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Ancient text completely translated


    More than 100 years ago, Emmanuel-Edouard Chavannes, a renowned French sinologist, began translating Sima Qian's Shiji (《史记》), Records of the Grand Historian in English. He introduced pieces of this famous text to European readers. Unfortunately, he was unable to complete the translation before he died. His work was left largely untouched for more than a century. Recently, Jacques Pimpaneau, another prominent French sinologist, completed the translation. Our reporter was able to interview Mr. Pimpaneau and his publisher, Pan Lihui.

  Shiji contains historical records from ancient China, particularly the Han Dynasty. Translating this work was difficult for a number of reasons. Not only does it require an understanding of classical Chinese, but it is also a massive collection of materials. Mr. Pan, who handled the editing and publicity work, said that Chavannes spent roughly 10 years translating Shiji. He managed to produce 5 volumes. Max Kaltenmark also contributed some to this project. The rest was translated by Mr. Pimpaneau, who devoted years to this project. Mr. Pimpaneau compared Shiji to a giant, ancient encyclopedia. He said that what intrigues many Western readers is that this text offers valuable insight into ancient Chinese thinking and customs. Mr. Pimpaneau said that Lucien Lévy-Bruhl was inspired by this text; the information concerning events and astrology supposedly inspired the book How Natives Think.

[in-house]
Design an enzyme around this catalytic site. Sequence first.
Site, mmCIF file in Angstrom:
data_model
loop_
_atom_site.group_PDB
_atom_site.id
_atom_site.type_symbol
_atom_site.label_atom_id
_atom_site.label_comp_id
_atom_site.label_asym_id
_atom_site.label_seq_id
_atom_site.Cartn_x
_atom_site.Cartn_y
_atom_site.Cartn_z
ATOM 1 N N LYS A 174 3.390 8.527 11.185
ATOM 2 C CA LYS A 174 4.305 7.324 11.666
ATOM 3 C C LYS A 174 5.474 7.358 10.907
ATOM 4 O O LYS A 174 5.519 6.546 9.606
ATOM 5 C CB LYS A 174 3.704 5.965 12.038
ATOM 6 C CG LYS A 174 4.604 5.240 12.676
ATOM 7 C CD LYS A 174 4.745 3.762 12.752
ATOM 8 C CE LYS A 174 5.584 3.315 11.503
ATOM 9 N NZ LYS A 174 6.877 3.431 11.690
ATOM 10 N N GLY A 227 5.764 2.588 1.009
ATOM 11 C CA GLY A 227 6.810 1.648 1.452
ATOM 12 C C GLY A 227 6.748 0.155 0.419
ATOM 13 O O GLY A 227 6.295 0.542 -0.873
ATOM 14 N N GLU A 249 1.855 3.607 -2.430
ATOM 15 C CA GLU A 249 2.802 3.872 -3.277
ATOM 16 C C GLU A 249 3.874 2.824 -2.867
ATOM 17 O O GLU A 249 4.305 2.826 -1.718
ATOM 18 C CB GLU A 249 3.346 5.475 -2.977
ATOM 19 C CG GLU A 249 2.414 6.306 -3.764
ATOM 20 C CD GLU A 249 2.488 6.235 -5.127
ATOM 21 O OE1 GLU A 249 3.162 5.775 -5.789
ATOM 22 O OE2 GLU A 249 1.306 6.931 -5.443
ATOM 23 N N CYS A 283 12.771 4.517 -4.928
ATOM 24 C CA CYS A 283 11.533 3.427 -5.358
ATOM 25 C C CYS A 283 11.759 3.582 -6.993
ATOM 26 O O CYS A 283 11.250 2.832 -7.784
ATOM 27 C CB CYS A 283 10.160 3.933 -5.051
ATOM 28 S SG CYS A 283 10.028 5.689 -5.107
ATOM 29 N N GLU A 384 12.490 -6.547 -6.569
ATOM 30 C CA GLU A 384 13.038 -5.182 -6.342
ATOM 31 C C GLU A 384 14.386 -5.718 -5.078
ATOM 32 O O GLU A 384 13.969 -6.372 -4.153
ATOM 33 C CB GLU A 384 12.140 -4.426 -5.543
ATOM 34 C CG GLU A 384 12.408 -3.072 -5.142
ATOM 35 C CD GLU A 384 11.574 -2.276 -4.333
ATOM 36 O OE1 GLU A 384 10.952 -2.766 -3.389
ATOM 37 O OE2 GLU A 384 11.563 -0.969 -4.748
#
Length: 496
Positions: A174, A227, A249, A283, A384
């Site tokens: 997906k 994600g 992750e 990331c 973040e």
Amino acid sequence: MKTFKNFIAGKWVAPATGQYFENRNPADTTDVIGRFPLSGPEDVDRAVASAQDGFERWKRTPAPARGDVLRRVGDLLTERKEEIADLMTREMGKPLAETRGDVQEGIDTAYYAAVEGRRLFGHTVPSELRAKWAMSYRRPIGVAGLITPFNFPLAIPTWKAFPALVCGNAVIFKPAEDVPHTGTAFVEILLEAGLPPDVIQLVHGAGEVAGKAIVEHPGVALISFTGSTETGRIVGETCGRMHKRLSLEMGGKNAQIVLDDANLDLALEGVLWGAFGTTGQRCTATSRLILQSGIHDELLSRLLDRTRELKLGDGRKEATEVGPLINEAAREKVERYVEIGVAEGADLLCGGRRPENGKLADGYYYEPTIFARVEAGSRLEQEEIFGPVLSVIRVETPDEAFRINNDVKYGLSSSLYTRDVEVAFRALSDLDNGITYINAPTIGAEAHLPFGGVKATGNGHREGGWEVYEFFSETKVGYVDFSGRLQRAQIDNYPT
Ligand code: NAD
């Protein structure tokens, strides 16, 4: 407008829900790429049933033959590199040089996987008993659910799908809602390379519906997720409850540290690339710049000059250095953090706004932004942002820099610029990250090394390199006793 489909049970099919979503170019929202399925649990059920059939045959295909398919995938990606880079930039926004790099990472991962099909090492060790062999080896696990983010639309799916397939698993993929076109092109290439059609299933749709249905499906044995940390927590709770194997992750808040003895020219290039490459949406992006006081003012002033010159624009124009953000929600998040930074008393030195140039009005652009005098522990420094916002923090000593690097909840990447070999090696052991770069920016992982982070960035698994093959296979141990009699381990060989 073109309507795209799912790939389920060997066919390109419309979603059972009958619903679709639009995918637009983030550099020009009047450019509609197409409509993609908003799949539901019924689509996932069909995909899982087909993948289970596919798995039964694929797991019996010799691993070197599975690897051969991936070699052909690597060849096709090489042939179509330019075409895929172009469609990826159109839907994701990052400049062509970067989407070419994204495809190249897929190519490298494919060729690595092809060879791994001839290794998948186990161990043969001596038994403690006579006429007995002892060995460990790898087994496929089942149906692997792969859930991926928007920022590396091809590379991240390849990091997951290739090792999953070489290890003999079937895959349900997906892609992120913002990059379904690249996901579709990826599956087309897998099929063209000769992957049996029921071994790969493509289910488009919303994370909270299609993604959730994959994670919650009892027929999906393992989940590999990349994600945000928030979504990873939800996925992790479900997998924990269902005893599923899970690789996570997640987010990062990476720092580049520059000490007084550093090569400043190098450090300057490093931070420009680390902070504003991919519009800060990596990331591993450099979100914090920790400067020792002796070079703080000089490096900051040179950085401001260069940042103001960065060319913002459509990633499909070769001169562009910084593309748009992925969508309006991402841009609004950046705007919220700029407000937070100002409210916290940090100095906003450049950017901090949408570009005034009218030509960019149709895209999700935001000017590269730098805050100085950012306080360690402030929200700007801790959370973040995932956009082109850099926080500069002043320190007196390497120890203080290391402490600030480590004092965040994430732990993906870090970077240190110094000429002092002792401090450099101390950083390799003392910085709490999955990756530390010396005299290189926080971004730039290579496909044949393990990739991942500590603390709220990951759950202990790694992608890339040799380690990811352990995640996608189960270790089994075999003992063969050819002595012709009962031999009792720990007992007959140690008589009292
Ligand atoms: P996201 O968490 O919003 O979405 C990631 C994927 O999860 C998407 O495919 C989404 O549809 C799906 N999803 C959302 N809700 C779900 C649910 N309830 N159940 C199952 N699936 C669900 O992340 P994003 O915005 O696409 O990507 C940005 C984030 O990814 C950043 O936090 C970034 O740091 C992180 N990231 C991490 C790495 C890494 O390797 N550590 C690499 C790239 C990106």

Les Mémoires historiques de Se-Ma Ts'ien, the French version of Shiji has already been made available to the public. It is a nine volume set. The nine volumes were translated by Emmanuel-Edouard Chavannes, Max Kaltenmark and Jacques Pimpaneau. This is the first time this famous text has ever been translated fully into a Western language.